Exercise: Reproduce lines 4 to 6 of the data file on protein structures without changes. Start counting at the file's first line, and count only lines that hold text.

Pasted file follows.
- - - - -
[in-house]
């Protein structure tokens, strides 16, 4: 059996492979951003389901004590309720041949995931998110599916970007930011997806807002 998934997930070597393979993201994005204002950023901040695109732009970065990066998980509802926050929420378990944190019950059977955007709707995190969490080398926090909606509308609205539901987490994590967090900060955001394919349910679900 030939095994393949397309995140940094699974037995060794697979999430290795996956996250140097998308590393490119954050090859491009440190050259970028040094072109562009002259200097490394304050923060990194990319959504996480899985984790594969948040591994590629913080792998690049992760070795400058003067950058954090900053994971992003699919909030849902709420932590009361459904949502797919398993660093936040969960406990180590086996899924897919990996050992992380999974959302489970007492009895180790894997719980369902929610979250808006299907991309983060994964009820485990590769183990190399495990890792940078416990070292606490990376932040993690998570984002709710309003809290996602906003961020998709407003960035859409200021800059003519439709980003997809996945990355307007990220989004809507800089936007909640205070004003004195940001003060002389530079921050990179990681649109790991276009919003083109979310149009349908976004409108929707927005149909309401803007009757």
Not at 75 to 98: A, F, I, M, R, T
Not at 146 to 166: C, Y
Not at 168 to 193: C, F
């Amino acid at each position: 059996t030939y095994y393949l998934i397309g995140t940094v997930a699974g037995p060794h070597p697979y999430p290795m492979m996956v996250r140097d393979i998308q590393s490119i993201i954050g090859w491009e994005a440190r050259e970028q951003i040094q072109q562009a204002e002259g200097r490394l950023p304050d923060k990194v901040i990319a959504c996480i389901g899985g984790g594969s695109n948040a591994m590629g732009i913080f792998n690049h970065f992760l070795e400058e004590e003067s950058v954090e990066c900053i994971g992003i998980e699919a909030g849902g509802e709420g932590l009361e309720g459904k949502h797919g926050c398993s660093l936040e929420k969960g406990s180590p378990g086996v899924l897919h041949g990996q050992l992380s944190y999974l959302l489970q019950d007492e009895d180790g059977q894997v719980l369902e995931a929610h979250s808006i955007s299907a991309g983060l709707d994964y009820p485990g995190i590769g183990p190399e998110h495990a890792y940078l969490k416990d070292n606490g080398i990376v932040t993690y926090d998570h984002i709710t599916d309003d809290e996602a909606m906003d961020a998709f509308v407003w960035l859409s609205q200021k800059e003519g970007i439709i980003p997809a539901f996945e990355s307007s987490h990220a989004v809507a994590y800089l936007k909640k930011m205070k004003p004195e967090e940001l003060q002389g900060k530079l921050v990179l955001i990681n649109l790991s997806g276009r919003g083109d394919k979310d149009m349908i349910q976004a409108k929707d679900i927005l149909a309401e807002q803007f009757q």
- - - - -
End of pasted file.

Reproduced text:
Not at 146 to 166: C, Y
Not at 168 to 193: C, F
């Amino acid at each position: 059996t030939y095994y393949l998934i397309g995140t940094v997930a699974g037995p060794h070597p697979y999430p290795m492979m996956v996250r140097d393979i998308q590393s490119i993201i954050g090859w491009e994005a440190r050259e970028q951003i040094q072109q562009a204002e002259g200097r490394l950023p304050d923060k990194v901040i990319a959504c996480i389901g899985g984790g594969s695109n948040a591994m590629g732009i913080f792998n690049h970065f992760l070795e400058e004590e003067s950058v954090e990066c900053i994971g992003i998980e699919a909030g849902g509802e709420g932590l009361e309720g459904k949502h797919g926050c398993s660093l936040e929420k969960g406990s180590p378990g086996v899924l897919h041949g990996q050992l992380s944190y999974l959302l489970q019950d007492e009895d180790g059977q894997v719980l369902e995931a929610h979250s808006i955007s299907a991309g983060l709707d994964y009820p485990g995190i590769g183990p190399e998110h495990a890792y940078l969490k416990d070292n606490g080398i990376v932040t993690y926090d998570h984002i709710t599916d309003d809290e996602a909606m906003d961020a998709f509308v407003w960035l859409s609205q200021k800059e003519g970007i439709i980003p997809a539901f996945e990355s307007s987490h990220a989004v809507a994590y800089l936007k909640k930011m205070k004003p004195e967090e940001l003060q002389g900060k530079l921050v990179l955001i990681n649109l790991s997806g276009r919003g083109d394919k979310d149009m349908i349910q976004a409108k929707d679900i927005l149909a309401e807002q803007f009757q």